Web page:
While it is fine (in fact it’s crucial) that your newspaper or magazine be available by subscription on the Kindle or by app on the iPad, that alone isn’t enough. There are some fifty e-readers using e-paper screen technology on the market worldwide, in addition to the iPad (which actually uses LCD technology rather than e-paper). Of these, the most popular by far are the Kindle, the Sony Reader, and the Barnes & Noble Nook. As Amazon has forcefully demonstrated during its pricing wars with book publishers, however, relying on a third-party device maker and content retailer can be limiting in important ways. Amazon takes around 65 percent of the revenues from e-book sales (at the end of June, Amazon began offering publishers the option of flipping the equation in their favor, but doing so means sacrificing a significant amount of control over the book’s pricing). Apple has been more generous to publishers, taking only a 30 percent commission on sales, and media companies hope that the launch of the iPad and other more publisher-friendly e-readers will force Amazon and other content and device “e-tailers” to strike more agreeable bargains.
But if publishers developed, or subcontracted the development of, their own content management system for mobile devices, and opened their own digital stores to sell that content, then in theory they could charge for subscriptions and effectively cut out the middleman. They could then use this paying, engaged audience—and the demographic information that comes with it—to attract advertisers. There are signs, nascent and tentative, that this is beginning to happen.
2 For the moment, a project called Next Issue Media is the boldest and most comprehensive of these efforts. Founded in December 2009, it is a partnership of five lions—Condé Nast, News Corporation, Hearst, Meredith, and Time Inc.—that have banded together like some Voltron of mass media, out to save the news business. The idea is to set up a one-stop clearinghouse for digital newspaper and magazine content. Publishers and consumers could use it to distribute and purchase content for a variety of smart phones, e-readers, tablets, netbooks, desktops, and laptops (the emphasis, though, is on hand-held mobile devices). The group has no plans to develop its own e-reader, but it does intend to “partner with device manufacturers and software developers to create technical and universal standards for our new, comprehensive e-reading initiative.”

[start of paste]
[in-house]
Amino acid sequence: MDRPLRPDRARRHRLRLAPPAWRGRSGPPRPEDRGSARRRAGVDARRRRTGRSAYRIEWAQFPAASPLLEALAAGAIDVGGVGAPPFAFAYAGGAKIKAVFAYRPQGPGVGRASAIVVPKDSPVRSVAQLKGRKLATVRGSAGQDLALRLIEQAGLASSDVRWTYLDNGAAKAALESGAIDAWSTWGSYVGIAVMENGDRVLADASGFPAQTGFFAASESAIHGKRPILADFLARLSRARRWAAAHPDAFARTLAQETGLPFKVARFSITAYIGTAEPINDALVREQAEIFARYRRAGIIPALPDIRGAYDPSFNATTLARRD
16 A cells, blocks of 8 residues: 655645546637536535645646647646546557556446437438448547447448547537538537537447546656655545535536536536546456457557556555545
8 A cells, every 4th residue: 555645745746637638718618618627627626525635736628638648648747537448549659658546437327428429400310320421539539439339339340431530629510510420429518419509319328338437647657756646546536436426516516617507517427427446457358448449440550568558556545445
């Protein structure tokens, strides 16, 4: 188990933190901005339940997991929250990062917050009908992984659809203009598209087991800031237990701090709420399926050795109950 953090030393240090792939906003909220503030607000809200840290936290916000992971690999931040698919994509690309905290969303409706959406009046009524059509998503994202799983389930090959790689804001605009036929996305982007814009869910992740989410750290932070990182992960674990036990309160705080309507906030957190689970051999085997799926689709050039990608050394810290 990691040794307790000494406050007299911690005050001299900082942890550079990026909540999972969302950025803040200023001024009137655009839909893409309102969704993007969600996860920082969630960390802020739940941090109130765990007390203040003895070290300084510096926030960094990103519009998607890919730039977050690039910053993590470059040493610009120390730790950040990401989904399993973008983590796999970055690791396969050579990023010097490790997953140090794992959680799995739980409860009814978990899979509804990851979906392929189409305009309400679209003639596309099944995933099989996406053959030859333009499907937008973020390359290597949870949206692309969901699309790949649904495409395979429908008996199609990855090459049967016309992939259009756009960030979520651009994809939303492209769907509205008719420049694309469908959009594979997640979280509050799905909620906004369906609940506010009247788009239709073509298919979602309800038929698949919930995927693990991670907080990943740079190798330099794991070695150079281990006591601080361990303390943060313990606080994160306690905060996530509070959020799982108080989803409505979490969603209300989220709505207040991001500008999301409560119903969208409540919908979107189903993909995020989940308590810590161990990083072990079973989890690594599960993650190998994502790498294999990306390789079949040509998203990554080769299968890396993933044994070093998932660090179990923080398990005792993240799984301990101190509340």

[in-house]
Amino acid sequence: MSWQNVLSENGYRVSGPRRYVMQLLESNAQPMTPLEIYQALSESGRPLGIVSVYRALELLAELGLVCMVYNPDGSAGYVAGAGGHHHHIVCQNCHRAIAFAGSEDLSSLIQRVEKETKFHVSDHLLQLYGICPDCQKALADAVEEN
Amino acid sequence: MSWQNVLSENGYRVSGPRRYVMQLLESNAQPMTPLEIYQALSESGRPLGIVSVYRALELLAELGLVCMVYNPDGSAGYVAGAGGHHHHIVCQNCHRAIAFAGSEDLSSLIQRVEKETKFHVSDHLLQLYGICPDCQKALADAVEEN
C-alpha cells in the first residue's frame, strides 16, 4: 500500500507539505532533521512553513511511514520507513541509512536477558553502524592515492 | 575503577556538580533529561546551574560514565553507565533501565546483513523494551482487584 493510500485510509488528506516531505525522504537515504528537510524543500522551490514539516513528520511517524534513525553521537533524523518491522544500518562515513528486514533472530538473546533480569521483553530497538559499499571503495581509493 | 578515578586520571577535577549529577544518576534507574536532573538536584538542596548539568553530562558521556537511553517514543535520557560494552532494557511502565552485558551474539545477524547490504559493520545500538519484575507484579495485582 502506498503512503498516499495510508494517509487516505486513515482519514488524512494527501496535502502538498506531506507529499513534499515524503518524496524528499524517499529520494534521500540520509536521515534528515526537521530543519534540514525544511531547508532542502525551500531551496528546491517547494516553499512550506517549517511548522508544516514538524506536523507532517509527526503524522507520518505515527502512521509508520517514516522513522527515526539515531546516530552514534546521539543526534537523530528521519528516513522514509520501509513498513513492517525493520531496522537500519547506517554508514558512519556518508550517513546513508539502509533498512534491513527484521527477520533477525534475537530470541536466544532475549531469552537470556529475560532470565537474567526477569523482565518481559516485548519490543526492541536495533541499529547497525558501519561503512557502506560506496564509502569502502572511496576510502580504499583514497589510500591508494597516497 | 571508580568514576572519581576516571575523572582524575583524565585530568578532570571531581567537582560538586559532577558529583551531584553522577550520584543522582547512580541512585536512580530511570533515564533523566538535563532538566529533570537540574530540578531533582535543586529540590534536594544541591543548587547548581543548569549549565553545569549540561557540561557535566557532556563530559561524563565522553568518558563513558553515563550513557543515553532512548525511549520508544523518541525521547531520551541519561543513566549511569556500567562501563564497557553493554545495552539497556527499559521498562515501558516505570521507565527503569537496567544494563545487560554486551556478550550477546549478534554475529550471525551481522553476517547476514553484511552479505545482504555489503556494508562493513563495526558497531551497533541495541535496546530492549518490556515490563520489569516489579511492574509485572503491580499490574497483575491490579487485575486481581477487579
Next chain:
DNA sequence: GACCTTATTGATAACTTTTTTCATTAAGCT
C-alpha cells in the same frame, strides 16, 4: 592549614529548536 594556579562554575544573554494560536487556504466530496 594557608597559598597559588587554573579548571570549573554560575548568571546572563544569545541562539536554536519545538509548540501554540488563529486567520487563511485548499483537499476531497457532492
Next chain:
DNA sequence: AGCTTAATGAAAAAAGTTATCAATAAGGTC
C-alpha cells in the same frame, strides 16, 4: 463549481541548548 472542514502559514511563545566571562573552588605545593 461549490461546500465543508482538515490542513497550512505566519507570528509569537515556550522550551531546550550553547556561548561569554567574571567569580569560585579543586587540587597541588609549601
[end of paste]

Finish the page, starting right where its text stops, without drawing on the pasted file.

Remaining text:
The Next Issue folks are cagey about the details of their operation, preferring to wait until they have an actual product to show off. But John Squires, who left his job as an executive vice president at Time Inc. to captain Next Issue Media, tells me that one of the first priorities is to develop a simple, open-platform system that makes it easy for publishers to distribute and format their editorial content for a variety of different screens—“one that renders the distinctive look and feel of your publications across multiple devices, operating systems and screen sizes,” as the group’s Web site puts it. “It is critical for publishers to continue to own and manage customer relationships directly,” Squires says.
This back end will facilitate a kind of online store—an iTunes for news, if you will—where people can subscribe to a variety of publications for as many devices as they like. Squires calls this a “fairly complicated technical challenge.” Indeed, the new media editor at NRC Handelsblad, a Dutch newspaper that has been publishing digital editions of its product on several e-readers since 2008, says that setting up an efficient publishing platform is a challenge, but the first, and perhaps most important, step toward capturing readers. He stressed, however, that trial and error is the only way forward, and that publishers should not wait “for the perfect ecosystem” to begin experimenting with new digital products. (Europe, in general, is further down this road than we are in the U.S., but more on that later.)